Case Study: Open Book Management Changes Co-op Culture

Case Study: Open Book Management Changes Co-op Culture

  |  May 13, 2015

MissMarketMississippi Market

St. Paul, MN

Year founded:  1979
Equity investment:  $90
Number of members:  15,500
Number of employees:  210
Retail locations:  Selby Ave., West 7th, and Dayton’s Bluff opening Sept. 2015

It started with the results of an employee satisfaction survey.  In 2012, Mississippi Market’s management learned some staff questioned the co-op’s growth plans, and they perceived it was having a negative impact on wages and the workplace.  Managers realized that some of the concerns raised by staff in the survey were fueled by a lack of understanding of the business.  In order to help address staff questions and concerns, managers decided to redouble their efforts to fully establish the Open Book Management (OBM) system at their co-op.

OBM is a way to engage staff in the process of sharing financial and operational information that empowers people to take an active role in the success of the business by setting goals they strive to meet.  They hold each other accountable for reaching their goals.  It requires a significant commitment from everyone at every level of the organization, but the rewards, if it is done well, are equally substantial.  In the span of two years, OBM has transformed the work culture at Mississippi Market into one where people are focused on open communication, professionalism, and achievement as a business.

Scott McKell, the co-op’s human resource manager, said that OBM is not just about “reporting” information to staff but “generating new ideas going forward.”  A big component of OBM implementation is having daily “huddles” in departments, which are meetings (anywhere from 10 to 45 minutes) that are focused on addressing various things like taking questions, providing information, sampling, and asking for ideas and feedback.  They happen frequently so all staff get the opportunity to be informed and participate.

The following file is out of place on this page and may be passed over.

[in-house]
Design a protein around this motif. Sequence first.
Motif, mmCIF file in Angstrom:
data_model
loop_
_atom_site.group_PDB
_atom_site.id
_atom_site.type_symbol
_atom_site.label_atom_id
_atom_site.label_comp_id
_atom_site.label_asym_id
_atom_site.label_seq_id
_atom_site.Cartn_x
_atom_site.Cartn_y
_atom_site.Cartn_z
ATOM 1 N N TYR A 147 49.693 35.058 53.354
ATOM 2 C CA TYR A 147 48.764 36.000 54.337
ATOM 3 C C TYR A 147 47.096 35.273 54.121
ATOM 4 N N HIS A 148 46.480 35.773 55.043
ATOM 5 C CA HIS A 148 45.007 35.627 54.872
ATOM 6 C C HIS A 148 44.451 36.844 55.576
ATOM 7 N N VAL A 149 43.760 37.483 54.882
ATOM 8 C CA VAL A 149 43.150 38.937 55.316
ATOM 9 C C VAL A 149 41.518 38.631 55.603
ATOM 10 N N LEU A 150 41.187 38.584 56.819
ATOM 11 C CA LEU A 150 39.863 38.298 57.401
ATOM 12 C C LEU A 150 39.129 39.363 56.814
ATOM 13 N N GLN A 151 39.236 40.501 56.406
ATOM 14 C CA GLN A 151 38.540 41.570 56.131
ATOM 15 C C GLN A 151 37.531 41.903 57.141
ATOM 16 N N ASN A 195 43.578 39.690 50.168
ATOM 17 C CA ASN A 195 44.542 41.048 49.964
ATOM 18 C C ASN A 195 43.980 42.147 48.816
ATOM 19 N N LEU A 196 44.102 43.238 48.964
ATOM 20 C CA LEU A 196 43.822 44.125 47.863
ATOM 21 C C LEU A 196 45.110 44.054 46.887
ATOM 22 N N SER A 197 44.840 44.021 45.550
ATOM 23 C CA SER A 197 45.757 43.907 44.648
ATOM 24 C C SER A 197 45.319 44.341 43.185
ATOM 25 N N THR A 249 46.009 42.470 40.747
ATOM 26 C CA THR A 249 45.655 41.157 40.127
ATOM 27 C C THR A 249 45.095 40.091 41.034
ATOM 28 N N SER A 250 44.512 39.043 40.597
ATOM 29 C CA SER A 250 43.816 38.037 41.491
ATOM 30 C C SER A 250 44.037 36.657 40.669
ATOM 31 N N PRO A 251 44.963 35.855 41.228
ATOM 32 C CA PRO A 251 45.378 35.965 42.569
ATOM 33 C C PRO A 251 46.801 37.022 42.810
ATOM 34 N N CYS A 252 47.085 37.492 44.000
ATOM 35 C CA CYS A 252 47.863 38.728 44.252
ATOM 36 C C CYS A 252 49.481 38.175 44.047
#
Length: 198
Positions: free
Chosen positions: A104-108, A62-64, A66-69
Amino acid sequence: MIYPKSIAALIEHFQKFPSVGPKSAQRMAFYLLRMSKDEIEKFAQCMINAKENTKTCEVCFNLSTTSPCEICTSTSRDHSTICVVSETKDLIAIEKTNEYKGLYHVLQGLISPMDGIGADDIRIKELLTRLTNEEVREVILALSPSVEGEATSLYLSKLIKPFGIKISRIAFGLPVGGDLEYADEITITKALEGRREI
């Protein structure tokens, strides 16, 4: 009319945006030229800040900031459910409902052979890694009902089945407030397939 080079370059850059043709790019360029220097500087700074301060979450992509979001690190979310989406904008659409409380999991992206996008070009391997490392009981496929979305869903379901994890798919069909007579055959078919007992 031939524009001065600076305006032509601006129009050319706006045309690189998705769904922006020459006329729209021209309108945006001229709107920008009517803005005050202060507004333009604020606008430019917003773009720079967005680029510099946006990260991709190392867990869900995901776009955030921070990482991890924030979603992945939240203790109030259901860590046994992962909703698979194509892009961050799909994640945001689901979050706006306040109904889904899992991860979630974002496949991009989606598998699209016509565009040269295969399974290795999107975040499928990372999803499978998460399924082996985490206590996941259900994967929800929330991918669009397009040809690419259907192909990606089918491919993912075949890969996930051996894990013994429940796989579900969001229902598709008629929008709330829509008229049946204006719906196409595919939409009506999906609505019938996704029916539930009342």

The first issue that staff and management tackled in 2013 with OBM was creating an equitable gainsharing program.  It used to be those who were paid the most got the biggest bonuses, and now it is based on hours worked.  “Basing gainsharing on hours worked is more equitable,” McKell said, “Now gainsharing means something to everyone.  The margin, labor and sales budgets matter to staff.  Open Book helps reinforce that everyone influences those factors.”

OpenBookOne of the biggest changes, McKell noted, has been staff taking a vested interest.  “Since we started OBM more people have moved out of the “just working here” camp.  People have tools for understanding the way things work.”  Now staff understand that growth means they have opportunities for professional advancement.

Mississippi Market staff and management also learned better communication abilities through the process.  Being direct and respectful can allow for difficult conversations that lead to solutions.  “We’re starting to get used to the concept that being uncomfortable is just another step in the road.  It might feel like you’re hurting the muscle in the short term, but you’re actually strengthening your skills,” McKell said.

McKell also believes that management’s commitment to listen and respond to staff concerns also contributed to a change in the co-op’s culture.  Since Mississippi Market has two locations, and will be opening a third in September, the general manager and key co-op leaders continue to meet with all store teams through OBM to ensure communication flows both ways.  “Trust is a two-way street.  Managers can grow with the business the same way as front line staff.  There’s a stronger sense that we’re all going the same direction.”


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